It can be a dull time of year – post Christmas, poor weather, dark mornings and evenings – so why not cheer yourself up with a spot of bird watching!

Big Garden Birdwatch

Robin searching for wormsNext weekend (25th/26th January) the RSPB are encouraging as many of us as possible to take part in the Big Garden Birdwatch. Last year around 500,000 people took part in the simple survey, which involves observing the birds in your garden or local park for an hour then submitting your results to the RSPB.

The survey showed a decline in the number of starlings and house sparrows, while the cold temperatures meant that some species increased, such as siskins, fieldfares, and jays. These species were driven to seek food in gardens by the difficult weather conditions.

Big Farmland Bird Count

Yellowhammer g

The Game and Wildlife Conservation Trust (GWCT) are holding their inaugural Big Farmland Bird Count between the 1st and 7th February. The aim of the initiative is to raise awareness of the work being done by farmers for farmland birds and also to get farmers to recognise the birds they have on their farms and how what they do through things like Environmental Stewardship schemes and game-cover crops has a beneficial impact.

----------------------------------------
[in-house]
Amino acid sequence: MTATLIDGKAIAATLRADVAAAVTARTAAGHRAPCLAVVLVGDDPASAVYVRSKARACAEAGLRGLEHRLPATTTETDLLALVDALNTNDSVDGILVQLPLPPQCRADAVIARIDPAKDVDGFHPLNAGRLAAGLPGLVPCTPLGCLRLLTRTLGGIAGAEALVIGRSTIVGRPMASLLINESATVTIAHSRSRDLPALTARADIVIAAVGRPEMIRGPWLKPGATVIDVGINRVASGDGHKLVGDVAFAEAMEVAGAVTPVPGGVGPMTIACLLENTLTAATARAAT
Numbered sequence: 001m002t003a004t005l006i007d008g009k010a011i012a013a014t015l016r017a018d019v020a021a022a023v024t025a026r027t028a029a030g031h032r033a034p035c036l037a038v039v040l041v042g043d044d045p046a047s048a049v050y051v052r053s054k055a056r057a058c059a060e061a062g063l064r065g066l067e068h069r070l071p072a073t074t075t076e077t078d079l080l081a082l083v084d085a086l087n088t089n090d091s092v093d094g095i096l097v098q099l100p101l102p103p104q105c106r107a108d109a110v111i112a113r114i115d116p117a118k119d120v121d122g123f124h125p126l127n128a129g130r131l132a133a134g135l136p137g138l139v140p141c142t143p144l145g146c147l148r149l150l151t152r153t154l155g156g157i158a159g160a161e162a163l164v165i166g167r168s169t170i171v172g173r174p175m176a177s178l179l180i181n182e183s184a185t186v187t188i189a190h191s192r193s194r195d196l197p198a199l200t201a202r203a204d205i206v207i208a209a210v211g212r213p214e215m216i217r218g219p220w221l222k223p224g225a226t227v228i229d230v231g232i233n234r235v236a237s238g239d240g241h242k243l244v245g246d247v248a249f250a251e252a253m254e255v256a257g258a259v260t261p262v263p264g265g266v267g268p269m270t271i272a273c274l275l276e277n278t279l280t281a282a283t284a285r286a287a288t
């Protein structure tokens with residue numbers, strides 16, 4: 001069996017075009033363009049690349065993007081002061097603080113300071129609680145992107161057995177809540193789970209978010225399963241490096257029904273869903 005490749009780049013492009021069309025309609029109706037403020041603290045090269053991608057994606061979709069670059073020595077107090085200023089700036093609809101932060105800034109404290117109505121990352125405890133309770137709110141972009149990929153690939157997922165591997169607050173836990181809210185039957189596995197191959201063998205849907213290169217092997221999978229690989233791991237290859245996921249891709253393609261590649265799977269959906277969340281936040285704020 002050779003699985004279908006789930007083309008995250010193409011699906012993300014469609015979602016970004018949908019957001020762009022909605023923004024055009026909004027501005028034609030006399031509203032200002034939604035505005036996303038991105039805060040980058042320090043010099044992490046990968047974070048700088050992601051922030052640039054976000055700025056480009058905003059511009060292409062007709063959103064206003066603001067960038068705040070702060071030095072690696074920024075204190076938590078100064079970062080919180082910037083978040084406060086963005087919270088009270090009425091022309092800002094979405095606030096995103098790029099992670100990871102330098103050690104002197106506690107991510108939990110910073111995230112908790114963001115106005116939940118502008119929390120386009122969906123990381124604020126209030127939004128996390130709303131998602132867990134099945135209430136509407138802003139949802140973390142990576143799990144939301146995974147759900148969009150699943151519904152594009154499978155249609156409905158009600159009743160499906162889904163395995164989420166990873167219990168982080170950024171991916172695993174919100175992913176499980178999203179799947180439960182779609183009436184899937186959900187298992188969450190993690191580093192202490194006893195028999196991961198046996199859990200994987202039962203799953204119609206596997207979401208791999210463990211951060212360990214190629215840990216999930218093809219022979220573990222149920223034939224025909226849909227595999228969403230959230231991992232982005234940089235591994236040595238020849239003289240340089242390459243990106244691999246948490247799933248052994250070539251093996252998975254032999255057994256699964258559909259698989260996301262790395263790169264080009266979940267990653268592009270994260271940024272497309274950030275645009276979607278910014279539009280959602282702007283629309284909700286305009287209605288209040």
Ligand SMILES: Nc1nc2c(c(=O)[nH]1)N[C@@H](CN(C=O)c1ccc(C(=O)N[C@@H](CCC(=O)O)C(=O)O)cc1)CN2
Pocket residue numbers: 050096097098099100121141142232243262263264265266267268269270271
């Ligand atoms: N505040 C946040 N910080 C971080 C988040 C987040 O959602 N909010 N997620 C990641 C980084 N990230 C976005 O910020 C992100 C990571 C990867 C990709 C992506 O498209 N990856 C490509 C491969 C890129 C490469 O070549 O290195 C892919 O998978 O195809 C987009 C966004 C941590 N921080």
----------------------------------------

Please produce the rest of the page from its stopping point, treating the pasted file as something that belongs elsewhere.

The GWCT are inviting farmers to spend about half an hour recording the species and number of birds seen on one area of the farm.  Ideally, counting should take place at first light as this is when the birds are most active.

This important initiative offers farmers a simple means of recording the effect of any conservation schemes currently being initiated on their land such as the supplementary feeding of birds or growing wild bird seed crops.  It is also a useful way of gaining personal insight on how well their birds are faring.

In a pilot scheme in 2013 covering more than 10,000ha of land  between them, the participating farmers recorded  69 different species ranging from tree sparrows, yellow hammer and linnet through to barn owls, kestrels and buzzards.



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